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New York PSC Orders ESCO To Re-Rate Fixed Price Customers

PSC Finds That ICAP Peak Hour Change Not A Permissible Trigger For Change In Law Clause Relied On By ESCO In Changing Fixed Rate

June 12, 2020

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Copyright 2010-20
Reporting by Paul Ring •

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The New York PSC ordered Marathon Power LLC d/b/a Marathon Energy to re-rate fixed price customers who experienced an increased rate when Marathon changed rates as a result of a change in the peak hour used to calculate a customer's ICAP tag, as the PSC found that such a rate change did not qualify for treatment under a regulatory change clause, and therefore violated the Uniform Business Practices (UBP)

As previously reported by, the issue concerns a change in the peak hours ConEd uses to calculate a customer’s installed capacity (ICAP) tag. See prior story for background

Marathon has argued that such peak hour change, "was a change in a rule that impacted a term, condition, or provision in Marathon’s customer agreements, specifically as to price." Marathon has argued that, pursuant to the language of Marathon’s customer agreements, the customer price could be changed, with Marathon noting that Marathon’s agreement expressly informs customers that their agreements are subject to modification, including price, if there are any changes, "in law, rule, regulation, tariff, or regulatory structure that impacts any term, condition, or provision of the Agreement, including, but not limited to price."

The PSC, however, ruled that the peak hour change did not constitute a "rule" change, and thus the change in law clause could not invoked.

Marathon Energy provided the following statement to concerning the matter:

"Since the Public Service Commission issued its order to show cause, Marathon has steadfastly maintained that its actions are legally and contractually justified. Marathon is reviewing the Commission’s order to determine next steps."

--- Statement from Marathon Energy

The PSC, in summarizing Marathon's position, said, "Marathon argues that it abided by the UBPs because it acted according to an express exception to the fixed-rate guarantee that its contracts provided. In support of this contention, Marathon relies on the provision for 'Regulatory Changes,' which states that 'if at some future date there is a change in any law, rule, regulation, tariff, or regulatory structure (Regulatory Change) that impacts any term, condition or provision of this agreement including but not limited to price, Marathon shall have the right to modify this Agreement to reflect such Regulatory Change by providing 30 days’ written notice of such modification to customer.'"

The PSC said, "Abandoning the argument that it had made to its customers to justify its alteration of rates -- that Con Edison had modified its own tariff -- the Company now argues that the modification of Con Edison’s ICAP tags was a change in a rule that impacted a term, condition, or provision in Marathon’s customer agreements, specifically as to price. More specifically, Marathon argues that Con Edison changed a 'rule' as contemplated by the 'Regulatory Changes' provisions because Con Edison described the change in a document it labeled as a 'guideline.' Marathon reasons that one definition of 'guideline' is 'a rule or instruction that shows or tells how something should be done,' and that, therefore, 'Marathon was justified in applying its Regulatory Change provision.'"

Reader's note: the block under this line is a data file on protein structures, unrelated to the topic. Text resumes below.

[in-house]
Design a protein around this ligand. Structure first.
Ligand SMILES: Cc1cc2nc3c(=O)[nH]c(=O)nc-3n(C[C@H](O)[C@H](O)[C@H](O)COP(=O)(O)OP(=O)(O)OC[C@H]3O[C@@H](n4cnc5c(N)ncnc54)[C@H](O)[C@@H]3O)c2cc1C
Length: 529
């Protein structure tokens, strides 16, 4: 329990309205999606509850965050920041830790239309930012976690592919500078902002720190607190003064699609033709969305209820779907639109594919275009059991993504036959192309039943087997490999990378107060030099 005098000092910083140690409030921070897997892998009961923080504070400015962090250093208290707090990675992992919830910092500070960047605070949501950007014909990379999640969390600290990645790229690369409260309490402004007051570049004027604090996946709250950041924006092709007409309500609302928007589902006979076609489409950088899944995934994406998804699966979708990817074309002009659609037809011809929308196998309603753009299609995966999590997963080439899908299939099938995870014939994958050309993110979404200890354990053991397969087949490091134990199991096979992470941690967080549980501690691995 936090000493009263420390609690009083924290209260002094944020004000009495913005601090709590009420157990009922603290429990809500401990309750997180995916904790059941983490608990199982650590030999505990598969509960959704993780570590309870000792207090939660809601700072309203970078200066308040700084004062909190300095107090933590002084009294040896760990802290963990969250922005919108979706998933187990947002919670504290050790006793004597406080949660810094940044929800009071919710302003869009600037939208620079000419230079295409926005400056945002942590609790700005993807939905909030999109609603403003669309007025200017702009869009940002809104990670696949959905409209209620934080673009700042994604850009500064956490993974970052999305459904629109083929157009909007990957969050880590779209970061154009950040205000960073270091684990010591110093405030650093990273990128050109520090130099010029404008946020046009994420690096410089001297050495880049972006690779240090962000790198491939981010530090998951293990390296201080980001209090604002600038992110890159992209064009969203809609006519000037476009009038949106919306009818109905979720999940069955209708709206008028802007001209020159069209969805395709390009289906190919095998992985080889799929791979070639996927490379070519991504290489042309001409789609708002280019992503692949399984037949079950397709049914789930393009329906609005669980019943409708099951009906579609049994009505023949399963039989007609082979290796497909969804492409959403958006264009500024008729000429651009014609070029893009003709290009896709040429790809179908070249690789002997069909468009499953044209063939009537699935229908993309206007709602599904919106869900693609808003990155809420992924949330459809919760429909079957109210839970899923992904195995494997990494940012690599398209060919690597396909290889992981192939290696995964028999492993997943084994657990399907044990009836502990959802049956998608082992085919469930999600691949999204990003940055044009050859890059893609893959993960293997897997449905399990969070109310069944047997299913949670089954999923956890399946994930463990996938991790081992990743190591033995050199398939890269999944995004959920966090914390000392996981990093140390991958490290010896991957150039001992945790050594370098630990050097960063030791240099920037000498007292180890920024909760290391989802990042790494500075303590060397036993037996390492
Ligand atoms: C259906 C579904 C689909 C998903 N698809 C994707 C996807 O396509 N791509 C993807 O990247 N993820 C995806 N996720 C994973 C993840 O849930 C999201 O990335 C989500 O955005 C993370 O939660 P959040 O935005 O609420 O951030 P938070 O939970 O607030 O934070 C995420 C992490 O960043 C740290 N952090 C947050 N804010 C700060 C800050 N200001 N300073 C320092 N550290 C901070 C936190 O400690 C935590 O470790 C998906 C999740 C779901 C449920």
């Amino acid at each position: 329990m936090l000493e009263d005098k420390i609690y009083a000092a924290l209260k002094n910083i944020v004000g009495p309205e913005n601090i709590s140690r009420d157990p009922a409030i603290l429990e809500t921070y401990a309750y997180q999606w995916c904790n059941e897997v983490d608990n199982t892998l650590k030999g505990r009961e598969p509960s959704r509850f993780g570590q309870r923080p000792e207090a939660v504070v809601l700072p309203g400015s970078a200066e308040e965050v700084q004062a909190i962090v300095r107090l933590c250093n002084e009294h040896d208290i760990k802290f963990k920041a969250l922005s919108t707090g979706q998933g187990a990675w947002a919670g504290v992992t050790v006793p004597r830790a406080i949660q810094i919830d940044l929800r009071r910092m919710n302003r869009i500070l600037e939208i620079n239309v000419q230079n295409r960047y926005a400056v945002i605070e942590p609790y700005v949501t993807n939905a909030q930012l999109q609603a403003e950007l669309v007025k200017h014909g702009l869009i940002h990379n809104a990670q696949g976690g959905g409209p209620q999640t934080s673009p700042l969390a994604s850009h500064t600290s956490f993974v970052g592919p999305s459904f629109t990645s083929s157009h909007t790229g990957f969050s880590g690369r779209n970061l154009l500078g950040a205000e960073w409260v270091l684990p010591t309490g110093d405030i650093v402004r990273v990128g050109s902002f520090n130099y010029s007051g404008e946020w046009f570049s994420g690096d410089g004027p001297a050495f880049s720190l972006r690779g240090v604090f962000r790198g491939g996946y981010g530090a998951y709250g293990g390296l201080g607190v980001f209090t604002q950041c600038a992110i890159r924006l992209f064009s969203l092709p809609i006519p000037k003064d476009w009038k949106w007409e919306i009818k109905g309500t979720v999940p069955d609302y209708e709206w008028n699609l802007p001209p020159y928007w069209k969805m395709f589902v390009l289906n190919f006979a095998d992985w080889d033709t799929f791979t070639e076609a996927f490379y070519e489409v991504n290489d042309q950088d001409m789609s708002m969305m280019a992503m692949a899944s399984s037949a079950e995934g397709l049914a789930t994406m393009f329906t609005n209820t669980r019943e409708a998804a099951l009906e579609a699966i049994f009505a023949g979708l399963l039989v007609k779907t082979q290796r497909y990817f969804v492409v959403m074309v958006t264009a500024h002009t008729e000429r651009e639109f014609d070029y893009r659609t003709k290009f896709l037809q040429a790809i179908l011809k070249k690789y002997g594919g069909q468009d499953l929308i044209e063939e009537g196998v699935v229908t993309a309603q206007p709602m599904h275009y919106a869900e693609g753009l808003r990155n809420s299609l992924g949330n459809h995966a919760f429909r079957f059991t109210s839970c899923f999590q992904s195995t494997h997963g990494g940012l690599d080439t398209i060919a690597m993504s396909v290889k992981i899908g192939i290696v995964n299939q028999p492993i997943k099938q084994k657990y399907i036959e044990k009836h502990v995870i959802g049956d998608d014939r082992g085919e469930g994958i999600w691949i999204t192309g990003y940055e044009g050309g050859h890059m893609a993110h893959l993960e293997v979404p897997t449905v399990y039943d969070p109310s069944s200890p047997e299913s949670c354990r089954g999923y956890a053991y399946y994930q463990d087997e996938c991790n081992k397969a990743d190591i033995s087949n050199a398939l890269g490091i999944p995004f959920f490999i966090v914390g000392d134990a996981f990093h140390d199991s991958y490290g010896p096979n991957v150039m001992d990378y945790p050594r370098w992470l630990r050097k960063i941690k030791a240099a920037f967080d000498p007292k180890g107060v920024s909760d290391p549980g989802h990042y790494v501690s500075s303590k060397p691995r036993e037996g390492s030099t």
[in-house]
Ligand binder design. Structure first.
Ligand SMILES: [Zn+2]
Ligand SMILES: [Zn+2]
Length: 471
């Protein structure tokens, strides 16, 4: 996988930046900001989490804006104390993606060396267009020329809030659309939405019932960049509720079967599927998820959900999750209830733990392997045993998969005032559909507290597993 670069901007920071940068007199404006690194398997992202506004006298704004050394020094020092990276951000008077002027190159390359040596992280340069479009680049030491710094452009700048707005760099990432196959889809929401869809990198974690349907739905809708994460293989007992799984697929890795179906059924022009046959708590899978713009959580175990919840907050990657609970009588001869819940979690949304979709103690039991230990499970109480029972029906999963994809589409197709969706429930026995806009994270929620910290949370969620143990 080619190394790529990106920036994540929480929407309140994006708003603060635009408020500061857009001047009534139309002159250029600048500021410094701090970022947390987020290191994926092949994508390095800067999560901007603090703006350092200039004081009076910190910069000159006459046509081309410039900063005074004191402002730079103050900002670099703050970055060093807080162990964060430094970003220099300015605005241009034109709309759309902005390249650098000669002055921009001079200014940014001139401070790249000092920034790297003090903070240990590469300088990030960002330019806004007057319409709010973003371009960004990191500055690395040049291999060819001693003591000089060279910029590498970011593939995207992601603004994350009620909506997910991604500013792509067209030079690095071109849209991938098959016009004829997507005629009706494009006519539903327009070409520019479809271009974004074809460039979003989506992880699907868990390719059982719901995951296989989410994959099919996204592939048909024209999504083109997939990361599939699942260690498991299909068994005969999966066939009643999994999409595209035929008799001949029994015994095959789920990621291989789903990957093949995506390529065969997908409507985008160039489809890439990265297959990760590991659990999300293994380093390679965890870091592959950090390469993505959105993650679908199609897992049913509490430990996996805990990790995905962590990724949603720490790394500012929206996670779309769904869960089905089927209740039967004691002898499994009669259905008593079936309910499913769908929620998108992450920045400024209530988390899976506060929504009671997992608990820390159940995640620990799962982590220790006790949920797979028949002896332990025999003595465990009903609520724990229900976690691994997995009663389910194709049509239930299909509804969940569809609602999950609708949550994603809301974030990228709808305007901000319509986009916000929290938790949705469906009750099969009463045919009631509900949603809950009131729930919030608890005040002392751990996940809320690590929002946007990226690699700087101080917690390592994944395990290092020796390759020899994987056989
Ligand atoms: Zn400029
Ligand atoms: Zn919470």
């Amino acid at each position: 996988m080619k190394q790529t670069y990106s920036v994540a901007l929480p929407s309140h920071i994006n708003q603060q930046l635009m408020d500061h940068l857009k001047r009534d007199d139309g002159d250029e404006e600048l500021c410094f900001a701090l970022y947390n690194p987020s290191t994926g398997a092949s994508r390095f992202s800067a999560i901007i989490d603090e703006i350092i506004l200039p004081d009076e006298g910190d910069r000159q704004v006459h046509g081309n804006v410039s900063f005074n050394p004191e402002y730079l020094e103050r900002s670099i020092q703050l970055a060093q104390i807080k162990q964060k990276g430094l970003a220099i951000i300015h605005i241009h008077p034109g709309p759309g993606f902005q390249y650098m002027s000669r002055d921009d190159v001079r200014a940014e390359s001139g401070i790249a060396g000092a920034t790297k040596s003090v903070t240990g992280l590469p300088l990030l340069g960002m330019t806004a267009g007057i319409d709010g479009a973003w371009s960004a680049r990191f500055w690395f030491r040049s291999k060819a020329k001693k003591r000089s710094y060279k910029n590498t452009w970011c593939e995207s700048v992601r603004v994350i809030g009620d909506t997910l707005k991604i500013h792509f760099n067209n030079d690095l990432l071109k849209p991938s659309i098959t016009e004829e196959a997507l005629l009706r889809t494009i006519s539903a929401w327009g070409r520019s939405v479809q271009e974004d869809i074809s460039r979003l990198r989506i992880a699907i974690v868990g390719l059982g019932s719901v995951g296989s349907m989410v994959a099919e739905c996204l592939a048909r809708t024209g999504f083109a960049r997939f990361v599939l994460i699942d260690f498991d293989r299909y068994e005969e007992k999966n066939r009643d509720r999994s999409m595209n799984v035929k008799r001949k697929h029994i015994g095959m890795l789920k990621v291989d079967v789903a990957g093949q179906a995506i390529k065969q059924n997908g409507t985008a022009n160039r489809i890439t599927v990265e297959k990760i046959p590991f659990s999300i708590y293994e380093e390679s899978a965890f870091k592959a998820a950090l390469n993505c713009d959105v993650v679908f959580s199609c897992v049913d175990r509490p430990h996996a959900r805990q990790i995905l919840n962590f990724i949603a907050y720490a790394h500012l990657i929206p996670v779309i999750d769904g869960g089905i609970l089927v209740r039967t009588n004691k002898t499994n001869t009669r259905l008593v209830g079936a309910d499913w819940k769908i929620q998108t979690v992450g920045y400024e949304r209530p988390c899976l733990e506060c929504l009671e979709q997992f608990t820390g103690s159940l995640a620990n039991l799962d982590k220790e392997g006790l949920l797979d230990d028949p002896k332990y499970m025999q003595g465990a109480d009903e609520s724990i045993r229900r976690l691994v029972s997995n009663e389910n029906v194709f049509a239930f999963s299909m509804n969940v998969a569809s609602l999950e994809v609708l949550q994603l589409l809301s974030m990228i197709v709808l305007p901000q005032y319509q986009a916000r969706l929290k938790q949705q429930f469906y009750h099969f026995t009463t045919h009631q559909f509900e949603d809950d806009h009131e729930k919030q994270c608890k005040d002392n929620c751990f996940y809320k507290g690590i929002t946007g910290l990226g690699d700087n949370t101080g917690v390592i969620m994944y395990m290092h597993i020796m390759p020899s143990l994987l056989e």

"We find Marathon’s interpretation unpersuasive for multiple reasons. To begin with, Marathon contends, without any support from the terms of its agreements, that the exceptions to the fixed rate commitment depends on the label a utility places on documents it produces (specifically here, Con Edison’s decision to title a document as guidelines). According to Marathon’s logic, if a utility titled a document 'law,' the document could be a change in 'law' for the purposes of the relevant exception to fixed rates in Marathon’s contracts. As no reasonable person would interpret 'law, rule, regulation, tariff, or regulatory structure' as referring to a utility’s subjective label, rather than objective reality, we reject Marathon’s argument that Con Edison’s use of the term guideline is relevant to the meaning of the contract term 'rule,'" the PSC said

"More generally, Marathon contends that the term 'rule' in its contracts should be broadly interpreted to mean 'show[ing] or tell[ing] how something should be done.' That construction, however, is so broad as to render meaningless the paramount purpose of the contract for customers: to provide rate certainty absent noted exceptional circumstances. For example of behavior that would fit Marathon’s broad definition, if Marathon unilaterally chose to charge its customers higher prices -- for no other reason than its desire to increase its profits -- Marathon could accurately say that it was imposing a rule change by 'tell[ing]' its customers that they 'should' pay more for Marathon’s services. This result shows that Marathon’s proposed definition of 'rule' is an untenable description of the parties’ intentions in entering fixed rate contracts," the PSC said

"Moreover, Marathon’s unduly broad construction of 'rule' ignores the context within that term is used in the 'Regulatory Changes' provision. A plain understanding of 'rule,' in context, is that the agreement refers to a change in a regulatory rule. This plain reading forecloses Marathon’s argument that Con Edison, a utility, can change a rule; Con Edison is a regulated entity, and it is not an '[a]gency' that can adopt or alter a '[r]ule' that has the force and effect of law. State Administrative Procedure Act (SAPA) §102(1) (defining 'Agency'), (2)(a) (defining 'Rule')," the PSC said